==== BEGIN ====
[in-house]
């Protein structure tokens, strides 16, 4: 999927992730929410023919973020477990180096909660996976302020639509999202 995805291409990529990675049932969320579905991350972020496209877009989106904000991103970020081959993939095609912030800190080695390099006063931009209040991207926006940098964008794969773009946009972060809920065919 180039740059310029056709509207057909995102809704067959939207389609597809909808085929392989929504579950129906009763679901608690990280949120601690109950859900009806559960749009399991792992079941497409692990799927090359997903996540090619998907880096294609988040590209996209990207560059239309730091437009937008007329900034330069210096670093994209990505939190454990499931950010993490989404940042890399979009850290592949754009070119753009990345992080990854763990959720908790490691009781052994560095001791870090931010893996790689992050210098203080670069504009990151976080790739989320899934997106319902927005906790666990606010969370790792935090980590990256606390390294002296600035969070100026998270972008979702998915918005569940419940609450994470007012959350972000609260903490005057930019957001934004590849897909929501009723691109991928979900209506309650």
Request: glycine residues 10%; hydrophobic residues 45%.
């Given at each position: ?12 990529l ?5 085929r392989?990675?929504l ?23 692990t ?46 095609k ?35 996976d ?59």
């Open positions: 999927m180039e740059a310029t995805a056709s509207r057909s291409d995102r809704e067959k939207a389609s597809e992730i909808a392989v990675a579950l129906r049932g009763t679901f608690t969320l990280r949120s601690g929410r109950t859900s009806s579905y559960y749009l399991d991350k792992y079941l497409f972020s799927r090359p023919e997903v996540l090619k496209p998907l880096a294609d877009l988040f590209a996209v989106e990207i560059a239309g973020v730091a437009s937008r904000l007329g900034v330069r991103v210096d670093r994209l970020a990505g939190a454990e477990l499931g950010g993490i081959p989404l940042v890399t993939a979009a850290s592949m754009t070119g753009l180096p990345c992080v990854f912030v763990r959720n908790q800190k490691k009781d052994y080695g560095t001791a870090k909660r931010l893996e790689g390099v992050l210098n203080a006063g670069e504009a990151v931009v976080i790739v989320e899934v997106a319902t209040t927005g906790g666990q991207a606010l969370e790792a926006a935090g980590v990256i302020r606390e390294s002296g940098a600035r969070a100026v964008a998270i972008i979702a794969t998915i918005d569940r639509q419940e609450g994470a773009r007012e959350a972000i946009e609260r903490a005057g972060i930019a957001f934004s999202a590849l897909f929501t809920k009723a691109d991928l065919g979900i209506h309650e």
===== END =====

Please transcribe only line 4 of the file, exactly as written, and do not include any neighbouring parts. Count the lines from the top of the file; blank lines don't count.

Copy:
């Given at each position: ?12 990529l ?5 085929r392989?990675?929504l ?23 692990t ?46 095609k ?35 996976d ?59």